In 2017, Chris Caskey’s was working as a faculty chemist at the Colorado School of Mines in Golden, Colorado, where he focused on CO₂ capture. He got wind of a problem plaguing the western slope of Colorado: hundreds of abandoned and decommissioned coal mines gushing invisible and harmful methane into the air at a rate equivalent to the daily emissions from 100,000 vehicles. Methane is a greenhouse gas over 25 times more potent than carbon dioxide.
Caskey joined the North Fork Coal Mine Methane Working Group in 2016 where he learned more about mitigation strategies for high emissions of methane from coal mining. “When I started thinking about all the methane down there, and all that could be done with that energy,” he recalls, “I was instantly trying to figure out how many problems I could point at each other.”
He didn’t have to look far. In a narrow canyon just up the road from the mines, the Paonia Reservoir poses a different problem. It has become clogged with clay sediment, reducing water storage for crops downstream. Caskey acted on a hunch and chipped out a frozen sediment sample and hurried it back to his lab at the School of Mines. The mud turned out to be high-quality clay that could be used for ceramics and building materials.
Caskey had been thinking about the problem mud in the reservoir because he was interested in sustainable building, like straw-bale homes. He wondered if he could use the mud for that, but then it hit him like a ton of bricks—he could make bricks and tiles from the mud. His vision was to restore water storage by dredging the mud and using it to make bricks and tiles fired in a factory powered by the captured methane from nearby mines.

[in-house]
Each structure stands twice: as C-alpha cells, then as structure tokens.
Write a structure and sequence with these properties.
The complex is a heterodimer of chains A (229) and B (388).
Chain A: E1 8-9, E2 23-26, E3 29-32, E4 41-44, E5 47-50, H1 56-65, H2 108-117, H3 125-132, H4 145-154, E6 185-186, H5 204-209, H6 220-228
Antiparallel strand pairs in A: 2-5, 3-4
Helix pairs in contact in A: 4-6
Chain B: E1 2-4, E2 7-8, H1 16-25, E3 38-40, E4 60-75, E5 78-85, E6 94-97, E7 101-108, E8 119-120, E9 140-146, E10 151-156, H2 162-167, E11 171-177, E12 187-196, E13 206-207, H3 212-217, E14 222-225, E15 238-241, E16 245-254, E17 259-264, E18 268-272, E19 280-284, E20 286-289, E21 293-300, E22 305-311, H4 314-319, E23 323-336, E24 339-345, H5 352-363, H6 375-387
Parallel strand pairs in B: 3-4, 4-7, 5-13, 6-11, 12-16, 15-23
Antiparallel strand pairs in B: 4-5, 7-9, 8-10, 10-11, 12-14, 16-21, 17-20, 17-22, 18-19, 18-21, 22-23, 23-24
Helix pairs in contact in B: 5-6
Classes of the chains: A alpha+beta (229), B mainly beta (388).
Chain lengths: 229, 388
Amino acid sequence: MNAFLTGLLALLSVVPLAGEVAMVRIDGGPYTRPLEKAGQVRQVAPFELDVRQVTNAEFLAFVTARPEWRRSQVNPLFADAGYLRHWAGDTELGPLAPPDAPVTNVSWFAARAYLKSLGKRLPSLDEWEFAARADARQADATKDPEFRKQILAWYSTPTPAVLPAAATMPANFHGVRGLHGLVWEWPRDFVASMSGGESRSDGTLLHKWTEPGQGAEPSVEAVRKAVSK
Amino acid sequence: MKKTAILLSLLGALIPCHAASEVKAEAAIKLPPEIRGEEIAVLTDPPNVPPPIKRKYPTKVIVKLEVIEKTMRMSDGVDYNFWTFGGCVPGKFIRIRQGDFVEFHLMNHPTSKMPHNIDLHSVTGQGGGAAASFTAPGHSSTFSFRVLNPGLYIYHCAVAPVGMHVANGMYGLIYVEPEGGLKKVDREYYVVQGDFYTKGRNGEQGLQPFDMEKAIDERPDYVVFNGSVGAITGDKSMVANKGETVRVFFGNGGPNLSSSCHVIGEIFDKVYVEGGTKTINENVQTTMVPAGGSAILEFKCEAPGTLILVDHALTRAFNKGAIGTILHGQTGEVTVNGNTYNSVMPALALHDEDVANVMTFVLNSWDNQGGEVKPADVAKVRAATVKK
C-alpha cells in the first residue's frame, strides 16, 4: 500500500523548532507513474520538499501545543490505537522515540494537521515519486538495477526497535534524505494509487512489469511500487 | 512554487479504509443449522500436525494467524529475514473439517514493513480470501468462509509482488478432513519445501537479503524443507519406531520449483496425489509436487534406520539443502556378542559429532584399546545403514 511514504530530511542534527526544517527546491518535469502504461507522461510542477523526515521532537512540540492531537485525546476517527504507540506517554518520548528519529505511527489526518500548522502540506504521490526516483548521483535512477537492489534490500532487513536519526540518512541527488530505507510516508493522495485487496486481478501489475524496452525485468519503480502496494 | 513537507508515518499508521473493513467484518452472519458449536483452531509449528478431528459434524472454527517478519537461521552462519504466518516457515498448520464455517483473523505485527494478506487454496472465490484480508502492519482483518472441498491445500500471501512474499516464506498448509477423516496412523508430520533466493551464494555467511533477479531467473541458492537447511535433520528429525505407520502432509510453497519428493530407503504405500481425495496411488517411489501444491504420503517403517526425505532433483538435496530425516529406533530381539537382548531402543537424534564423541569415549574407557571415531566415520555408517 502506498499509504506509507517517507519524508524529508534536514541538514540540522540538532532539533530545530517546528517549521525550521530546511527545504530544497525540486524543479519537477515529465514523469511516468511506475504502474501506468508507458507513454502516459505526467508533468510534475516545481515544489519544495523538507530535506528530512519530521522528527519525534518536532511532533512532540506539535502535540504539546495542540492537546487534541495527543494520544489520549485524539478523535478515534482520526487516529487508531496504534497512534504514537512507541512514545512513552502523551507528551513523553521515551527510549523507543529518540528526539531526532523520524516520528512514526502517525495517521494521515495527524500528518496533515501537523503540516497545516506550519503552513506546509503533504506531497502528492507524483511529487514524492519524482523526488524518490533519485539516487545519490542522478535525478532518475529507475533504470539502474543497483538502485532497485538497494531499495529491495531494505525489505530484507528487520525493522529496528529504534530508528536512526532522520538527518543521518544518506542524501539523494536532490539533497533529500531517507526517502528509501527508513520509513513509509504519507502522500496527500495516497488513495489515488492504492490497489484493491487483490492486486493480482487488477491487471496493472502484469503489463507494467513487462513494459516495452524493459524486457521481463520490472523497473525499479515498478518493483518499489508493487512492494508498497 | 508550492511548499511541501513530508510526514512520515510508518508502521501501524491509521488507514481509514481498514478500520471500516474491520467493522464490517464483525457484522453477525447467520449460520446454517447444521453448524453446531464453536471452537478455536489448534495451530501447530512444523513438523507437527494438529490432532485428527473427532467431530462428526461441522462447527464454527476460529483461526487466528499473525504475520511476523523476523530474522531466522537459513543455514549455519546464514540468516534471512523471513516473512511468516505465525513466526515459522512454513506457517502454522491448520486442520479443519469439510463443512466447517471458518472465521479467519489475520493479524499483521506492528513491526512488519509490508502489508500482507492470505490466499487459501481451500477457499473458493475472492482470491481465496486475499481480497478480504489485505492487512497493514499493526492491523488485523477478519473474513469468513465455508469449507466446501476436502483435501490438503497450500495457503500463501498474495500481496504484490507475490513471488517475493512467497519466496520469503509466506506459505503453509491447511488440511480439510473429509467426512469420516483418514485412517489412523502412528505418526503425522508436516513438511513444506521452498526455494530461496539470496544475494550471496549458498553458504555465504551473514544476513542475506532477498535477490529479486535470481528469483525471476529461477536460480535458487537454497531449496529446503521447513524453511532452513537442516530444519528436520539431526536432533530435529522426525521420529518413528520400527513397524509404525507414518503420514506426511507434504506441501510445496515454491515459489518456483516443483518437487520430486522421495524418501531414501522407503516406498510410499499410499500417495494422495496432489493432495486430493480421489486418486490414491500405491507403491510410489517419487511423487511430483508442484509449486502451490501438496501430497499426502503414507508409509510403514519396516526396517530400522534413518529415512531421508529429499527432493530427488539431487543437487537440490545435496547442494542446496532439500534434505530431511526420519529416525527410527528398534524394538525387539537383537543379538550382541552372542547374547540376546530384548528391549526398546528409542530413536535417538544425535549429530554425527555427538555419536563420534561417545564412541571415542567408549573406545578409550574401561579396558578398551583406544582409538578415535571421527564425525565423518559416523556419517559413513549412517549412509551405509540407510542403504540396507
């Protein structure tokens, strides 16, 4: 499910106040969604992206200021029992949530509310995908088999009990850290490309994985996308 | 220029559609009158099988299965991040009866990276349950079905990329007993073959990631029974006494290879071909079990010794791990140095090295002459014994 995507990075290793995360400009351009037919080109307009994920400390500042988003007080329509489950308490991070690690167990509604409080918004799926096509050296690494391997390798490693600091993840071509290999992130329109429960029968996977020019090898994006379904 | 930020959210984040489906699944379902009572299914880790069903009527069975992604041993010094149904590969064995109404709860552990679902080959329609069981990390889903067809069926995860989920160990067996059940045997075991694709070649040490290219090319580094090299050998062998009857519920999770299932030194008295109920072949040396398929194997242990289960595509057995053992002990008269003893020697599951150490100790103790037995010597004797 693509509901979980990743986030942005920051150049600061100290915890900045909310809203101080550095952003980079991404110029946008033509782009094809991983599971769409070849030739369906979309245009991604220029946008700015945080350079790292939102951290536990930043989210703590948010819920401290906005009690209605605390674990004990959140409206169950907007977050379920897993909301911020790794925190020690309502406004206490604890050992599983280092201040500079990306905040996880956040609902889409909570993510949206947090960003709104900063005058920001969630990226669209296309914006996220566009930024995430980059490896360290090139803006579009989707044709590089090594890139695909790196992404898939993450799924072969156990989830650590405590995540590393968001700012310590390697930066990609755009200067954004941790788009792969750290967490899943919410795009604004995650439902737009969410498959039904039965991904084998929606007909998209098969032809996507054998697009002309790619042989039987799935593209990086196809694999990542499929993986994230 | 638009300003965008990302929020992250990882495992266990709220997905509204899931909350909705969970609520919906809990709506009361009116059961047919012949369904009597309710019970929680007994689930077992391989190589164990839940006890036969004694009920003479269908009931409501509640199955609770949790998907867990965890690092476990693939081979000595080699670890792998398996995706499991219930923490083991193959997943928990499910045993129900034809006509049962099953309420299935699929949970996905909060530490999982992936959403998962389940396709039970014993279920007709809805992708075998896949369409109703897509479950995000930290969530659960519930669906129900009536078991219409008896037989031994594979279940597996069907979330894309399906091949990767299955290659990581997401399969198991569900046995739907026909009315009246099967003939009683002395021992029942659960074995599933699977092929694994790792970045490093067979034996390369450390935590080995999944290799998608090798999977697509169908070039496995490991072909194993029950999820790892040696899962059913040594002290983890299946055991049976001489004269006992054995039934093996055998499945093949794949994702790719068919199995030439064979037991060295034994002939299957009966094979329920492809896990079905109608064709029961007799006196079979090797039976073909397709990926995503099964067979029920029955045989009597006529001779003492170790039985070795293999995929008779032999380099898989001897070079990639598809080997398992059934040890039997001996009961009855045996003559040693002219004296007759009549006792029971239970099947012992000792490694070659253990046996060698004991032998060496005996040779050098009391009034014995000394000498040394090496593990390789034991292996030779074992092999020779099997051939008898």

Caskey raised the initial seed money, bought an extruder (a big machine essential for processing the mud into usable bricks and tiles), rented a warehouse, bought some used kilns, hired employees and set up shop as the Delta Brick & Climate Company. The factory occupies a former bus depot in Montrose, Colorado.
Holly Williamson, Caskey’s wife, has been instrumental in the company’s visioning and start-up, building its online presence. Tile was initially their biggest seller, with orders coming in from across the US, but a recent order of 11,000 brick pavers for a new municipal library being built in Gunnison, Colorado, has shifted production to the more labor-intensive brick making. It’s their biggest order yet.
Eric Edwards, a former coal miner, scoops large loads from the reservoir with a skid steer and trucks it 60 miles to the factory. The exacted mix is put into the extruder where it’s condensed to remove air pockets before being pressed, like Play-Doh, into ribbons of tile or columns of brick, depending on the fitting. It will spend up to two weeks in a gradual drying process, first under plastic, then in the open air before kiln firing and emerging rosy terracotta, ready to be put to use.
The next step for the company is building a factory outside of Paonia that will use captured methane to power their facility and kilns. Caskey is about to sign a contract on a piece of land that abuts the North Fork Gunnison River, where he plans to break ground next spring and actualize his hat trick of environmental problem-solving.
All photos by Steven Gnam
You can read the original article at www.patagonia.com